Taylorcraft prices had begun an upswing after years of super-cheap status until the economic downturn. Now prices of $16,000-$18,000 are common for T-crafts. They top out at about $25,000.

Parts support is decent and your club is the Taylorcraft Owner’s Club and Foundation (www.taylorcraft.org). There is also news from the Taylorcraft 2000 company (www.taylorcraft.com), which took over the brand in 2009 and hopes to be producing parts by the time you read this. They already have inventory for 75 percent of a complete airplane and plan to offer custom-ordered complete Taylorcraft in a year or two.


Photos by Terry Shepherd



Often mistaken for a Cessna 120/140 (which are too heavy for LSA status),

the Luscombe 8 series offered a modern metal fuselage with cloth-covered wings. Some of these have been recovered with metal. The 8A through 8D are LSA legal, but most have been converted back to 8As with engine changes.

A potential trap with these changes would be a Luscombe 8A with a Continental C-90, metal wings and wing tanks. Steve Krog (who also trains on Luscombes) says this is legal but certainly hurts useful load. Terry Bowden, who does DAR work for several legacy LSA models, tells us this switch technically make it an 8F, which has a 1400-pound gross weight—too high for LSA. Bowden is working with the FAA to clarify this and ensure these planes can keep their original gross weight of 1200 or a reduced weight of 1320.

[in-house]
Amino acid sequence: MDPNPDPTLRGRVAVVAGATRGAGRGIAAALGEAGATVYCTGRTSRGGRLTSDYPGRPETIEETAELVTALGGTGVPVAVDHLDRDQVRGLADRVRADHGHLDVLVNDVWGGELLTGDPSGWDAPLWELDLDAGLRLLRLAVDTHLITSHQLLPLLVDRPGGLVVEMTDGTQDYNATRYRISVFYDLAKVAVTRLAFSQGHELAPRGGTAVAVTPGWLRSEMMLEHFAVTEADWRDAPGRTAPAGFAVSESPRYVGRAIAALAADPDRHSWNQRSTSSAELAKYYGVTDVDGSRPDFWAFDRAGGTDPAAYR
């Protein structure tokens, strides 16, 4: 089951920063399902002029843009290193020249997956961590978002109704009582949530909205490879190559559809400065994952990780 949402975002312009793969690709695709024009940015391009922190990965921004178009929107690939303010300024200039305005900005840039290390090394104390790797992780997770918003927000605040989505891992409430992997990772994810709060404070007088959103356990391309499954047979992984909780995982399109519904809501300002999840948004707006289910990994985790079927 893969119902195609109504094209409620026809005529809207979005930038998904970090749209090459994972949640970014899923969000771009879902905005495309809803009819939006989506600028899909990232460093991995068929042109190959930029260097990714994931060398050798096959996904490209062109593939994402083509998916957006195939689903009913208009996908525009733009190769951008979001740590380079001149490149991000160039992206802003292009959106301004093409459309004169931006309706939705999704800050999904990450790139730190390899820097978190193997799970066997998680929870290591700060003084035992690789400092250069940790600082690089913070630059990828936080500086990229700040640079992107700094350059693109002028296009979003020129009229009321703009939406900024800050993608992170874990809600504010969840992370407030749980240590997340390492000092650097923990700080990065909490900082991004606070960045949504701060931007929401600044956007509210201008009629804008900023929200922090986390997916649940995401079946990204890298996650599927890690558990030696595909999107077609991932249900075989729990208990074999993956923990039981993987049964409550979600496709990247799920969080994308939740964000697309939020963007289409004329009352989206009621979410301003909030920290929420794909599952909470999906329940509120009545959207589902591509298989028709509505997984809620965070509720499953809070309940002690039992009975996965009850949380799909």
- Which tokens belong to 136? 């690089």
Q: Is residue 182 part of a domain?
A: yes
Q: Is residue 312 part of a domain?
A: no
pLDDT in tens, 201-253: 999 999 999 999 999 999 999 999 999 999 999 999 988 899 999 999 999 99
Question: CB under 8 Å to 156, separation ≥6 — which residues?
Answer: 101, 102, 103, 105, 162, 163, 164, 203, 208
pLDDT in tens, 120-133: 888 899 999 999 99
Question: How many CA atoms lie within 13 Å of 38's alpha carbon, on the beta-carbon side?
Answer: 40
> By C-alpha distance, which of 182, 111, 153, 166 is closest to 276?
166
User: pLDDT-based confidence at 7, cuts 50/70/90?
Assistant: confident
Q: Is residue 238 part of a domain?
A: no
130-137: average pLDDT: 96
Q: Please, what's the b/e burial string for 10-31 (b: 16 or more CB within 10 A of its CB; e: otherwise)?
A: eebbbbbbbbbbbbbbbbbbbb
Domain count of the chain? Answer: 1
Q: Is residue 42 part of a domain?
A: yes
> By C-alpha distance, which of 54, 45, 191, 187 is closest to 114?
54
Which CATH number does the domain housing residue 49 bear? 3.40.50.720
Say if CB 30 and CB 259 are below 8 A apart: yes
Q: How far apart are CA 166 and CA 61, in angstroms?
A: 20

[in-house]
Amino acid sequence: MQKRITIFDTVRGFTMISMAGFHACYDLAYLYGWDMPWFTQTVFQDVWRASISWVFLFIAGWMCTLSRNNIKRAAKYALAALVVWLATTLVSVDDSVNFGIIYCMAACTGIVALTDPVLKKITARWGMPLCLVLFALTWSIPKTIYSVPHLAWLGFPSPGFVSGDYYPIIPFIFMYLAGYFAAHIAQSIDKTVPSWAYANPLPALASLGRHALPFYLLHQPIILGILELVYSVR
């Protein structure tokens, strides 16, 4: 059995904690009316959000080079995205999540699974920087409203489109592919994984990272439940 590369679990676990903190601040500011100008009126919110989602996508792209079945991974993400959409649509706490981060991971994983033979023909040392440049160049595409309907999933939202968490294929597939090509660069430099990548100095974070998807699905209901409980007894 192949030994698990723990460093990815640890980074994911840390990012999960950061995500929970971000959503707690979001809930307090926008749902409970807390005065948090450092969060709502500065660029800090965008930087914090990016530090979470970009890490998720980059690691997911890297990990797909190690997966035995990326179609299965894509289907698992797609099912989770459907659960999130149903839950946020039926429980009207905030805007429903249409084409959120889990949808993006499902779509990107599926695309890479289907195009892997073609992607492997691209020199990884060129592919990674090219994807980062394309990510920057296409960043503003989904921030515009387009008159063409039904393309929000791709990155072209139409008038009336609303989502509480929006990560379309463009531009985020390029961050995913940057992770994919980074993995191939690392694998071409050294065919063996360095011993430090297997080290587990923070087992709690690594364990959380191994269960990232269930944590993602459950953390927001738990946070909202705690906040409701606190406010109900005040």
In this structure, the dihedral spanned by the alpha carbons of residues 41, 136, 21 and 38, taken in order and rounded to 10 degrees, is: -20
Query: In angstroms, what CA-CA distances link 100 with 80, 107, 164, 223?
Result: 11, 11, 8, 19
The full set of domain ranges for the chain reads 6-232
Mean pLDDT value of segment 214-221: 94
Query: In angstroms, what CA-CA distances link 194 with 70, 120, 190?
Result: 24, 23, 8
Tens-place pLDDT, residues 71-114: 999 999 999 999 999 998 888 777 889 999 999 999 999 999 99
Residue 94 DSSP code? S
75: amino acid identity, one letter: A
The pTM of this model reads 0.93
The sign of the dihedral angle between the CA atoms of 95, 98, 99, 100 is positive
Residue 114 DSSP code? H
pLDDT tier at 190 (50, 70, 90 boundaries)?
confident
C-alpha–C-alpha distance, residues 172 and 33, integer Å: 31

Cruise speeds of 95-100 MPH make the Luscombe the hot-rod of this group. Short field performance is still good considering that cruise. Visibility over the nose is fine on the ground and terrific in flight. The view out the sides is less so, with smallish windows, and it’s non-existent to the rear. In fact, what you’ll see if you look behind you is the 14-gallon fuel tank with a gauge built into it that’d be easiest to read with a mirror.

Seating is side-by-side with a control stick, so entrance and egress require the same flexibility it takes to read the gas gauge. Controls are responsive, especially the rudder, which is probably where the Luscombe’s semi-undeserved reputation for being difficult to land comes from. The gear is a bit narrower than others, which may be the rest of the picture. The landing gear on the earlier models is a single oleo that’s a bit stiffer than the Champ. The heel brakes are hard to reach and only on the pilot side. Passenger-side brakes can be added.

A Luscombe will stall and spin when prompted, but it recovers well. Those familiar with the breed tell us it’s a terrific and fun flier. However, if they aren’t rigged straight due to a ground loop in the past, then they can get quirky.

Luscombe prices haven’t moved much in the past five years, but there aren’t that many out there, so it’s hard to peg a trend with authority. Parts support is acceptable for keeping a Luscombe airworthy. The Luscombe Association (www.luscombeassoc.org) is a good resource, as is The Luscombe Endowment (luscombe.org).





The Ercoupe (or in some cases, Aircoupe) is only nosewheel airplane in this group. And that’s just the beginning of the differences. It’s also a low-wing, it’s all-metal (except for the earliest wings), it has a twin-rudder tail and if you find one with rudder pedals, it was likely a post-production conversion.